If you think about visiting the UK, you may think in clichés unless you know the country. So the Japanese, American, European and many other once-in-a-lifetime type tourists understandably head for London, Stratford on Avon, the Lake District, maybe York, Scotland, the Cotswolds, Wales and so on. And there’s nothing wrong with this.
But those of us who like to go a little off-beat in our travels may prefer a slice of the old-fashioned working class Britain which is disappearing fast before our eyes – or at least morphing into something completely different.
Thankfully, though, a few authentic vestiges can still be found here and there and they’re great fun.
So without further ado – here are a few ideas for a little “Carry On” travel…
Britain still has quite a few old-fashioned football grounds with their pies and Bovril stands and turnstiles set right in the heart of towns that were designed for people to be able to walk to when they were built over a century ago. But there aren’t many of these left.
Have a look at the guide to old football grounds, though, and you’ll still fund quite a few big names amongst those with old stands still standing including the likes of Liverpool, Everton, West Bromwich Albion and even Chelsea.
Darts is a huge sport in the UK – and the players are usually pretty big as well! Although darts is played all around the world, the UK is really where it’s at with the PDC Darts World Championship straddling Christmas and the New Year each year. This is held at the famous Alexandra Palace in London – the so-called “Ally Pally” by darts fans and the whole thing is just about as fun as any indoor sport can possibly get.
The crowd have a ball each year and the tournament in prospect this year is held on the 18th December, with the final on January 4th looks to be the most interesting for many a long year. That’s because the grand old man of darts, Phil “The Power” Taylor, now 54 years of age, and the young Dutch upstart Michael van Gerwen, aged 25 and winner of last year’s event – look set to fight it out between them. This may be the end of one era and the beginning of a new one for the sport as Taylor has dominated darts now for more than two decades. But he’s not hung up his darts yet. Currently, the betting exchange Betfair punters have made Taylor the marginal favourite to win his 17th darts world title 2/1 at but van Gerwen is not far behind, priced at 9/4. It will be hugely exciting – and it’s always fun.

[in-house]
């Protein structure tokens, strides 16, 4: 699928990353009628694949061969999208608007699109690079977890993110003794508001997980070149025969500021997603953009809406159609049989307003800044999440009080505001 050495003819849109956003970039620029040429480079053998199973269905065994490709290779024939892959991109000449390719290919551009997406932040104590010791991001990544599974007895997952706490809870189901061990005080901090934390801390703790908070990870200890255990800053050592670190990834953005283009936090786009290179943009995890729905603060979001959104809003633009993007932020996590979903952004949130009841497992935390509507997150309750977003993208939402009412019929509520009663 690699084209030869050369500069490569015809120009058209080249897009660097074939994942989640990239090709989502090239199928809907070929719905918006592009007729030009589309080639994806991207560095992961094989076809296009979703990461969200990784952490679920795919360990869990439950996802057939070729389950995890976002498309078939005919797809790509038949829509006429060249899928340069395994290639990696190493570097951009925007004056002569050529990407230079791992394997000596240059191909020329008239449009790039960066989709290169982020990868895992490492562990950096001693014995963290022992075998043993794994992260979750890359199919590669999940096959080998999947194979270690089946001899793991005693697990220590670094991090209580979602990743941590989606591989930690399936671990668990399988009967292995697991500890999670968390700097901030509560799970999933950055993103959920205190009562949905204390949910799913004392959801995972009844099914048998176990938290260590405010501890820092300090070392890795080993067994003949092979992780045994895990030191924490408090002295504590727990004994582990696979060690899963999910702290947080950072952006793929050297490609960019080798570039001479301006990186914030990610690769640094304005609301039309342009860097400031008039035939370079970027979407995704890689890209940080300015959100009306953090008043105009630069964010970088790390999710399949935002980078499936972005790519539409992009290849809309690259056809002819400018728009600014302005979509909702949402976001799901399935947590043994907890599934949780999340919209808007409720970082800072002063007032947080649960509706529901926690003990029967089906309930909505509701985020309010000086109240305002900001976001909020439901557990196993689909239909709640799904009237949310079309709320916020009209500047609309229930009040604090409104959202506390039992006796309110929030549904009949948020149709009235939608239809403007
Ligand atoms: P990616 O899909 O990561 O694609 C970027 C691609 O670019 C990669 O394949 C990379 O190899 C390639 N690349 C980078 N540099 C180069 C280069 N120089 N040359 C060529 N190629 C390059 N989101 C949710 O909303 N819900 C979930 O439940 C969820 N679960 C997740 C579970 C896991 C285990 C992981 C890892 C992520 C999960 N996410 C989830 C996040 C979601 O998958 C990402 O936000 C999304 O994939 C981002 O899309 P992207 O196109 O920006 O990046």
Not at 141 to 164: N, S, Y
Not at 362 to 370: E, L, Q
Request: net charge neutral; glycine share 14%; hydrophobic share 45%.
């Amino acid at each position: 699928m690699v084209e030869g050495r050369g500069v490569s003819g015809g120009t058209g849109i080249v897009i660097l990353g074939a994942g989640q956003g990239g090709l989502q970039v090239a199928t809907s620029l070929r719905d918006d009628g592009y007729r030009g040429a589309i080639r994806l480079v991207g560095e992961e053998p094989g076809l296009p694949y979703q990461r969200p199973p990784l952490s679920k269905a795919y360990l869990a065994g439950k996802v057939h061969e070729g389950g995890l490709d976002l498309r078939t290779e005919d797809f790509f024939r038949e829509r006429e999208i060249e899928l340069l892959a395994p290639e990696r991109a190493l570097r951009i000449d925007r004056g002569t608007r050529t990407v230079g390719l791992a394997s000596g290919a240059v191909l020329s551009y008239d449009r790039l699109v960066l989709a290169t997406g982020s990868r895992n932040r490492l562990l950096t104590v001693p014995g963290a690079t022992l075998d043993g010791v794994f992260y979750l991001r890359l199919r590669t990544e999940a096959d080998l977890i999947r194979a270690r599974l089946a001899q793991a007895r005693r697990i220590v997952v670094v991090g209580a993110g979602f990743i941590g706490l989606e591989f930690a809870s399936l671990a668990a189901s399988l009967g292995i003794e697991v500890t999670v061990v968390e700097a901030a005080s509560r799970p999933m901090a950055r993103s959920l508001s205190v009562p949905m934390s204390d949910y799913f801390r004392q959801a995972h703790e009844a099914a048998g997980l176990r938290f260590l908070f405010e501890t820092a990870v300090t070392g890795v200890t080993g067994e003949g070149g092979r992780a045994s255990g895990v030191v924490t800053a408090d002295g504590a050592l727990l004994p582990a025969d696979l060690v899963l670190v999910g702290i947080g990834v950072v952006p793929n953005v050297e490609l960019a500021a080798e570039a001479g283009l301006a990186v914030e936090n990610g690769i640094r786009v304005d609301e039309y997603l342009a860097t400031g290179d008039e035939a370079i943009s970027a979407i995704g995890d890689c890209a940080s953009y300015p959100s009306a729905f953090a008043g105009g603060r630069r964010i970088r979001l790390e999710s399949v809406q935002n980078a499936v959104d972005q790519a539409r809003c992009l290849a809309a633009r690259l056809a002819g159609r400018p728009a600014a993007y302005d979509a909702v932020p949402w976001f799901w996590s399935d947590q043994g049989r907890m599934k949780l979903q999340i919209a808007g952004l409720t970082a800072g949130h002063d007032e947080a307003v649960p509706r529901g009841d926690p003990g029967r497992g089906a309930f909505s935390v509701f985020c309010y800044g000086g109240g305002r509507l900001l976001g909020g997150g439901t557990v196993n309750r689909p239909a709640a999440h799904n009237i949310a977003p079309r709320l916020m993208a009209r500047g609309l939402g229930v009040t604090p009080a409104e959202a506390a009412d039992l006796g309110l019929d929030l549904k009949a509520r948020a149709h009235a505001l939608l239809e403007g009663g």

If you can get tickets to the event, you’ll see the UK at its most kitsch and “Carry on” best – with fans dressed up in all manner of costumes and make-up and all having a great time as befits the whole ethos that surrounds this wonderful sport that doesn’t take itself too seriously.
To carry on in a similar vein try visiting the famous old seaside of town of Blackpool at any time of year – but particularly during the summer months. But do prepare to be shocked. Blackpool has to be one of the bawdiest resorts on the planet and is peculiarly British. There’s no other place like it anywhere – not even in the UK.
For unhealthy food, too much to drink and not taking life too seriously for a day or two – then Blackpool is really where it’s at. These days, the resort has become increasingly popular with stag and hen parties and young people visiting the town in an ironic sort of way – alongside the more traditional visitors. But if you really want to sample the British working class at play – a day out in Blackpool in the summer will truly open your eyes to what it’s really all about.
Going hand in hand with Blackpool and darts is bingo. Bingo has been a popular pastime in the UK for well over a century. It really found its home in both the seaside resorts around the country and the working class-dominated industrial towns of the north of England in the years that followed the Second World War – peaking during the 1950s.
Since the advent of the internet and the wider social opportunities presented by modern life, real bingo has been in a steady decline but is still hugely popular with ladies of a certain age who still like to turn up and get their ‘eyes down’ and have a laugh and chat whilst doing so. These days, the bingo halls can’t be smoke filled as they once were – courtesy of the smoking began in public places. But many of the ladies still enjoy a drink and playing a little housey-housey. But make no mistake – this is all about socialisation.
Lastly – try to pay a visit to a Rugby League match. This is one of the last bastions of English working class culture and is dominant along the M62 Motorway corridor anywhere between St Helens to the west and Hull to the east (though interestingly not so in the major cities of Liverpool and Manchester). Rugby League split away from Rugby Union in the last 19th century mainly because the people behind the sport in the northern industrial areas thought it right that players be compensated for time away from work. This was in an era when amateurism in sport still dominated.
Consequently, Union became the gentleman’s game whilst Rugby League became the working class’s rugby sport of choice and though both codes are now professional – it remains largely the case.
Go to any big Rugby League game and have a drink or two before, during and after the game – and you’ll soon see how much fun it is – but almost invariably in a good-natured sort of way. This is sportsmanship and fun at its best – and you’ll see it here more than anywhere.
And this is very much the theme here – pure unadulterated fun – without any pretentiousness, so come on and “Carry-On”!